4

Git newbie here. Is there a way to synchronize two repositories, so that the current checked out files will be the latest version of all the changes?

What I have is this:

Desktop       Server
-------       ------
Change_X      Change_Y

And I would like to enter some "magic" command, and then the changes are merged

Desktop       Server
-------       ------
Change_X      Change_X
Change_Y      Change_Y

One of the problems is that the desktop is a Windows machine behind a NAT, and I would like to avoid having to set up sshd on it. Basically I would like to do it all using ssh from the desktop to the server.

This seems like it should be trivial to do with git, but I couldn't figure out how to do it.

(I thought git push would do the trick, but it turns out it doesn't make changes to currently checked-out branches, so the changes from the desktop don't get to the server)

Is there a way to do this with git, or am I off the track?

Solution: I downloaded the post-update script from here and put it in the hooks directory on the server, and now git push causes the server to update with the changes. So basically the "magic command" resolves to:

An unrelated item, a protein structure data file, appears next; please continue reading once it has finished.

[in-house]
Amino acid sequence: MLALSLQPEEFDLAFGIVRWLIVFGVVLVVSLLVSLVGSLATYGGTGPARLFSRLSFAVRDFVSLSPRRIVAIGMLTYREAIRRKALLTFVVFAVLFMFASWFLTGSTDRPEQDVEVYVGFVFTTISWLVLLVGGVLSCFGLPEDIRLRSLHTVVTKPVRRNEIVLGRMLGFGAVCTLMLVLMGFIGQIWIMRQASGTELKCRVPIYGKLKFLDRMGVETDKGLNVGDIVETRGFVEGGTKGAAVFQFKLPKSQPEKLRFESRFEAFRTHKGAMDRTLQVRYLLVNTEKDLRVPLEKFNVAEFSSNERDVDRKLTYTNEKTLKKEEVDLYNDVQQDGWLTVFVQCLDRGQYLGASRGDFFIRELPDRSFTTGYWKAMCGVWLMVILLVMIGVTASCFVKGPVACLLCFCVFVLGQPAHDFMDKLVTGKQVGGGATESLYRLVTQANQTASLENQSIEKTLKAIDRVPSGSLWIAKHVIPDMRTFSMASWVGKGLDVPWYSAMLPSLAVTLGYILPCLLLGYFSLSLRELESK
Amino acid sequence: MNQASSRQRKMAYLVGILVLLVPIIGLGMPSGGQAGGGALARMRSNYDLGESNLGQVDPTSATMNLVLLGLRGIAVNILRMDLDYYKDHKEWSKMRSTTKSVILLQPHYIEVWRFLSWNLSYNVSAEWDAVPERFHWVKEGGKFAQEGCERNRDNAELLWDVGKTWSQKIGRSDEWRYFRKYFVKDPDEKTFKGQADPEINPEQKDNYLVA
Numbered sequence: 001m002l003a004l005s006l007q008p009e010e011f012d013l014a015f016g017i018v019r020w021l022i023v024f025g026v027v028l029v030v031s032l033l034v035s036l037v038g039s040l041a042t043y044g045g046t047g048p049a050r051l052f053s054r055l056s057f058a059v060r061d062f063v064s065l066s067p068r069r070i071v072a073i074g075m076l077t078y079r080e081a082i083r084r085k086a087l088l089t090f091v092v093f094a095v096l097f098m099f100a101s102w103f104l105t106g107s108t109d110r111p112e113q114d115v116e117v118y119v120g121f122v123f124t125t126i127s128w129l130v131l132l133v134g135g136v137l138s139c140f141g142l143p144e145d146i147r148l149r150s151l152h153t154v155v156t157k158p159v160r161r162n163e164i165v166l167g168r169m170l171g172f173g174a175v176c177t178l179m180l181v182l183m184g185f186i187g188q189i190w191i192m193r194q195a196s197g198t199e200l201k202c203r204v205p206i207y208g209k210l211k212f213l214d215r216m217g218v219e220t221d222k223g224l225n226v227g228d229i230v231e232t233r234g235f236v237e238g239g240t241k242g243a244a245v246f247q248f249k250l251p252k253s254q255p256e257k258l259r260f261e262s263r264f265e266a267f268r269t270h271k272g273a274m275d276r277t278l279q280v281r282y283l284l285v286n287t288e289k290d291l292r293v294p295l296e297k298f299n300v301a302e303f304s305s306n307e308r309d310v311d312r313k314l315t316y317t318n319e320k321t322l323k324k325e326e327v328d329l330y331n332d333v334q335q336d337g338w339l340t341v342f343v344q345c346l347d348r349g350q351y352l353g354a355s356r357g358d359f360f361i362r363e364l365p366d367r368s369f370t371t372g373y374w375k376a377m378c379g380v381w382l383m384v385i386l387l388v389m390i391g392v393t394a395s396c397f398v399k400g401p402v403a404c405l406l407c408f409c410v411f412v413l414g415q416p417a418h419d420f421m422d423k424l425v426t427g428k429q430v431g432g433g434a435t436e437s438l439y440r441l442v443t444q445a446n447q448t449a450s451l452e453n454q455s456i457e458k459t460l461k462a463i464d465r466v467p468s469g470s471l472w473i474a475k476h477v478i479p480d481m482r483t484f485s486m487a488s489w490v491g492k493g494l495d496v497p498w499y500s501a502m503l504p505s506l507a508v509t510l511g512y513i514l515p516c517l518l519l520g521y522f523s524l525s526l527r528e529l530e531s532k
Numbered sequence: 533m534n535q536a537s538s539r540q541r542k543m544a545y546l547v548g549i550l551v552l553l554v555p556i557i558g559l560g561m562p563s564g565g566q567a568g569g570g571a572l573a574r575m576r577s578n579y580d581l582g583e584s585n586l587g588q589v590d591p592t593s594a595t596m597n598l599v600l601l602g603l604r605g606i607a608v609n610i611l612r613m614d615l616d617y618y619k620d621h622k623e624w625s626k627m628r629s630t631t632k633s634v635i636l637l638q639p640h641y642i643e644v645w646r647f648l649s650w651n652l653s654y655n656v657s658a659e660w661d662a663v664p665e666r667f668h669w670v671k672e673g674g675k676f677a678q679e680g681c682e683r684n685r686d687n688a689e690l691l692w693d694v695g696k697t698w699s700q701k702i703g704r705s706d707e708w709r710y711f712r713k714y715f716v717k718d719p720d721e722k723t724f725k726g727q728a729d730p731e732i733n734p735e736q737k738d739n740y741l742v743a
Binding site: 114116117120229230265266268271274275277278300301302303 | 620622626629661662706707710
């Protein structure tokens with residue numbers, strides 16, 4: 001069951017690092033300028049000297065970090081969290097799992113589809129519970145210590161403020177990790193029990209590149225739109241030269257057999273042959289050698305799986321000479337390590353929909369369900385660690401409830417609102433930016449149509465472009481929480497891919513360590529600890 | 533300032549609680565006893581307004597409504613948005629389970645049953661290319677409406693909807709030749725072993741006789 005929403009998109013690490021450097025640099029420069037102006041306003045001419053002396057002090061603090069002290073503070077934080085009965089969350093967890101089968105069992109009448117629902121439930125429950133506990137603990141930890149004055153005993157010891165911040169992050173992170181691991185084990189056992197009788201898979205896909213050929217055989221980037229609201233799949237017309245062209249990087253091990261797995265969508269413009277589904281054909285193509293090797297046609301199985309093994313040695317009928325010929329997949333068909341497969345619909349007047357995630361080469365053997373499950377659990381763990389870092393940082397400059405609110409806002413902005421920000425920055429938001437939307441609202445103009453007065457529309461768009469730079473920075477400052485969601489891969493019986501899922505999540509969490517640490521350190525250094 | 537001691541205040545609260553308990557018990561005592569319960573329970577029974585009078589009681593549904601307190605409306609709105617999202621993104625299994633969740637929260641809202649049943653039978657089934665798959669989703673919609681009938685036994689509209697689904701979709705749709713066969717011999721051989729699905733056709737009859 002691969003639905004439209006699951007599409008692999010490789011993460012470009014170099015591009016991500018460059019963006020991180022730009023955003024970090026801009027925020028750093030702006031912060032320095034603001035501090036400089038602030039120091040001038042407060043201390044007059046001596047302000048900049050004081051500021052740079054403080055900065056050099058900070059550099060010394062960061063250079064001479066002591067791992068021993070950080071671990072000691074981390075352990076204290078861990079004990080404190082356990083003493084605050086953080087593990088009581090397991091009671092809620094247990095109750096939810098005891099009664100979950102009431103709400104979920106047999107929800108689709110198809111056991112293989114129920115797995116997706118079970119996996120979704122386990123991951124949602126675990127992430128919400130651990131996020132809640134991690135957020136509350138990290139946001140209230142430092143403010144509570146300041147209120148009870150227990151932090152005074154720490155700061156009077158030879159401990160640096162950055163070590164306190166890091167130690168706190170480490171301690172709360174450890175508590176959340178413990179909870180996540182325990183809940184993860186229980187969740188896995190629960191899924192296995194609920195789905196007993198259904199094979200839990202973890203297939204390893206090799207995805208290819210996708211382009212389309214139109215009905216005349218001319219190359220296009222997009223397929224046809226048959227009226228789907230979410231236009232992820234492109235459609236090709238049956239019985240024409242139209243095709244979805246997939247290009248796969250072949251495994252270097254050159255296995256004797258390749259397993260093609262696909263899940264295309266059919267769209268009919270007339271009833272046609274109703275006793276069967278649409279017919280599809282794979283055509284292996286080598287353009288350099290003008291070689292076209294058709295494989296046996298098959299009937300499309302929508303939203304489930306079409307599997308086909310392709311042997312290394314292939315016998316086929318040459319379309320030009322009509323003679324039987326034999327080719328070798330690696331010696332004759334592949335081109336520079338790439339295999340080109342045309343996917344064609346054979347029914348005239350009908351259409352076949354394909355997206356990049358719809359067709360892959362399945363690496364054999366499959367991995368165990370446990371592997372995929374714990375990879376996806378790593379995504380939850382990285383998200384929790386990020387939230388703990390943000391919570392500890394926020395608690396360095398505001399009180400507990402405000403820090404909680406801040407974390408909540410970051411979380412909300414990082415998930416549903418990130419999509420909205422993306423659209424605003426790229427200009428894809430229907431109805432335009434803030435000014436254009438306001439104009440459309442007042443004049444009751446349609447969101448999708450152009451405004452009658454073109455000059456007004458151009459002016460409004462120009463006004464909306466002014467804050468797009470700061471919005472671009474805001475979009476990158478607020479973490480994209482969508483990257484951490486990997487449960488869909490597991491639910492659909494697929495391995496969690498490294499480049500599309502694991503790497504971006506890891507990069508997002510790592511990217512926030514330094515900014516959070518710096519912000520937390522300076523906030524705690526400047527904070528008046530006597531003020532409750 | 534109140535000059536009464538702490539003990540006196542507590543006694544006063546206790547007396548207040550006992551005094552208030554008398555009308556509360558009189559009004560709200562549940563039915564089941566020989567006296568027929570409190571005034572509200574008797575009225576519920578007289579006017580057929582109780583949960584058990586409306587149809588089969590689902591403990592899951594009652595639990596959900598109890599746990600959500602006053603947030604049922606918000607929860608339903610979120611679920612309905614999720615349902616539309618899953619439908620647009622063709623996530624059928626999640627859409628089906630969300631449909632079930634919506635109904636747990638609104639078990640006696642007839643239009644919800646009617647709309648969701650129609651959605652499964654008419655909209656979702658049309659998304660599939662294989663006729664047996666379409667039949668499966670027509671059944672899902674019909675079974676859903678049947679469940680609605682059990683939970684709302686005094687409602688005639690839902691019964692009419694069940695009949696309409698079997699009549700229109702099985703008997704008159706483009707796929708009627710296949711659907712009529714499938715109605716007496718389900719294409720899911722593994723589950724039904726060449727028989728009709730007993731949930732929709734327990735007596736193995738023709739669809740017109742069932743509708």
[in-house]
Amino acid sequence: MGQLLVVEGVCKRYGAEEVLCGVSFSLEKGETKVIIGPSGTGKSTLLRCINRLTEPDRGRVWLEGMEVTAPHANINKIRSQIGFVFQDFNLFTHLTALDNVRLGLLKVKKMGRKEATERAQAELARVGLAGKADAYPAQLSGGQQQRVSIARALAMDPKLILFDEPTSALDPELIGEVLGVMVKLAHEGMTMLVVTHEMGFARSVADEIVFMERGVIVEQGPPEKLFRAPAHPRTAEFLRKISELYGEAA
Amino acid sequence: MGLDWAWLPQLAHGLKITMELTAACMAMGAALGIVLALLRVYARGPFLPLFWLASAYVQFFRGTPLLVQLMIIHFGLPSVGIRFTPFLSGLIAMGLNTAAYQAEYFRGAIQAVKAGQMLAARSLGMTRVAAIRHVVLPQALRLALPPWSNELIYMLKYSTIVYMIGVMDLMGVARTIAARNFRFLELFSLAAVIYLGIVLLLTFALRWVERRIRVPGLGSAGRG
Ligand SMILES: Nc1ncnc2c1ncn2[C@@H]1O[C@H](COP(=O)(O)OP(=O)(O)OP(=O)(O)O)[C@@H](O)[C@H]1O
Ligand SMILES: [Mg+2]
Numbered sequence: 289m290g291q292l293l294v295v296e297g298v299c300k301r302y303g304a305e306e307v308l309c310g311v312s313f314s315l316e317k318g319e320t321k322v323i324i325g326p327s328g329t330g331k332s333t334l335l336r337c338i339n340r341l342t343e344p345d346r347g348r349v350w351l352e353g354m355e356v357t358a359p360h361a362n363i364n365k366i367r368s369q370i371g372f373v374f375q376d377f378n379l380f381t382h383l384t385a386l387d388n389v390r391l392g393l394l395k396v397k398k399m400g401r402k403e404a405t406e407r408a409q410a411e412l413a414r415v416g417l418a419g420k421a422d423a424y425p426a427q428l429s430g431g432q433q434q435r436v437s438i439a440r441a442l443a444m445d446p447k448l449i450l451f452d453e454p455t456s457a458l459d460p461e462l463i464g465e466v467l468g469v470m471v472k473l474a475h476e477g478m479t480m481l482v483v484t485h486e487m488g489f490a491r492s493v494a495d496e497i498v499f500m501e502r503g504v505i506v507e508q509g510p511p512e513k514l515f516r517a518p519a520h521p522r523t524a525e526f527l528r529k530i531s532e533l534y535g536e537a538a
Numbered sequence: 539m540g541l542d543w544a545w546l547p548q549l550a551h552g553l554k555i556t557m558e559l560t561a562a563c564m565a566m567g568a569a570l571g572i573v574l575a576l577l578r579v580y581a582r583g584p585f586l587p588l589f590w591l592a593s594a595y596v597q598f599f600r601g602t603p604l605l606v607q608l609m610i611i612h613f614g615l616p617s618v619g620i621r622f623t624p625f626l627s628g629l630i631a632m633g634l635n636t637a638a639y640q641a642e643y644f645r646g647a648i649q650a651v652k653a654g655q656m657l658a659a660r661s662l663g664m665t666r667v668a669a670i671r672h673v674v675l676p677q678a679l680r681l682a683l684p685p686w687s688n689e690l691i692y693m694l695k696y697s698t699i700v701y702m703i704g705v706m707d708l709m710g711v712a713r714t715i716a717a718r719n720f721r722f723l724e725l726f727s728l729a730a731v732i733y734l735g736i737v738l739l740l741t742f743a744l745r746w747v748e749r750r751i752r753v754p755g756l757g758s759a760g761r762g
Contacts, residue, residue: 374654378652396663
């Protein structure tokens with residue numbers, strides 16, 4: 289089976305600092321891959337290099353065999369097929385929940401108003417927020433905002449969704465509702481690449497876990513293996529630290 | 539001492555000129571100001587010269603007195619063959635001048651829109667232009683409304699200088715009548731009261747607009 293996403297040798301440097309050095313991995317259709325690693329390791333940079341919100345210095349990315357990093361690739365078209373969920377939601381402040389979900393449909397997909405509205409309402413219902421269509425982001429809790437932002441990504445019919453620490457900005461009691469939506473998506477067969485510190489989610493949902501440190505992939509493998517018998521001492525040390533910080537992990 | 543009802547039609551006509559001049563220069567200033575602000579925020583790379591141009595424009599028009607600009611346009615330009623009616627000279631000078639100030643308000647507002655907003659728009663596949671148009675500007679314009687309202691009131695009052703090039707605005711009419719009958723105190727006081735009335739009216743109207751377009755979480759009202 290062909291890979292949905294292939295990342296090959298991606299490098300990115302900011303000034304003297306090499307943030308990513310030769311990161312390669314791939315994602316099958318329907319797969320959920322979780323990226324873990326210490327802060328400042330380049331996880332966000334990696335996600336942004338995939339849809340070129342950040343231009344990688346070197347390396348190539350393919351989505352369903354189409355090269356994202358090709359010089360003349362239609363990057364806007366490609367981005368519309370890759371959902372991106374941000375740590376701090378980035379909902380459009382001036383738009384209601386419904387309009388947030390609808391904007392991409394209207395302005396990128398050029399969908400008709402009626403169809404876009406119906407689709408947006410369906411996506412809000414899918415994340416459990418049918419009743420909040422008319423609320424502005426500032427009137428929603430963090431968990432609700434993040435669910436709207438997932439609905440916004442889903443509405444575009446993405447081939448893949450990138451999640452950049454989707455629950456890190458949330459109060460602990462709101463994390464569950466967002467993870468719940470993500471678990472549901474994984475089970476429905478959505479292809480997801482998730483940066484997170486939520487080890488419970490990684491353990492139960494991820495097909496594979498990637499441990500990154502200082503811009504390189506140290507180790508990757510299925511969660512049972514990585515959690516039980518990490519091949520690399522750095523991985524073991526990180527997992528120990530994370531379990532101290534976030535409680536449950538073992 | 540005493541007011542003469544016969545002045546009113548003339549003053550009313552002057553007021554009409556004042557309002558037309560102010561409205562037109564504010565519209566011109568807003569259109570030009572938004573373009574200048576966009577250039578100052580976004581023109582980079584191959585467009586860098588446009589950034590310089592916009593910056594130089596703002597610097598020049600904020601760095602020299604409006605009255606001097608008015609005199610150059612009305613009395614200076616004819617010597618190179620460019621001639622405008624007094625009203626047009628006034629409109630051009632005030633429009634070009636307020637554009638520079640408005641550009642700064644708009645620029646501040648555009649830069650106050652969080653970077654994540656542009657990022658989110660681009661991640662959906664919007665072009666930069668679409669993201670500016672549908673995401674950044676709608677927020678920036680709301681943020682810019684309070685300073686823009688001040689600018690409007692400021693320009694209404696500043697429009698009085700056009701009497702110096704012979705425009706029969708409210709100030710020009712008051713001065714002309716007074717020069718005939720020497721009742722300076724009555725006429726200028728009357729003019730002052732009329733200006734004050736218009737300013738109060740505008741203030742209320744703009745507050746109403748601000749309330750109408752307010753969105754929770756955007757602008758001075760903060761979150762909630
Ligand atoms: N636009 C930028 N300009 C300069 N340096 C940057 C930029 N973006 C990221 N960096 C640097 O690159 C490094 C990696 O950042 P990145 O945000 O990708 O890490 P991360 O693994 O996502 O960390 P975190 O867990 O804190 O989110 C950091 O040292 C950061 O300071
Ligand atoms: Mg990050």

git pull server:scripts/ master
git push server:scripts/

(scripts is the folder I'm synchronizing)

3

it should be possible to create a post-commit hook that will update server's working copy on change (I did exactly the same with mercurial, so i assume it would be possible with git too). so after you push, working copy will be updated automatically.

create post-commit hook that will run git up or whatever equivalent command for git is.
i'm sorry i don't know what else to say.
upd: there is some explanation in official git faq.

0
1

One of the problems is that the desktop is a Windows machine behind a NAT, and I would like to avoid having to set up sshd on it. Basically I would like to do it all using ssh from the desktop to the server.

Not a direct answer to your question, but if you're behind a NAT, the easier thing to do is to run a reverse SSH tunnel using Putty or something, instead of an sshd server.

ssh -R3333:127.0.0.1:9418 <user>@<server>

Now, connections to <server>'s port 3333 will be forwarded to your NAT-ed machine's git port.

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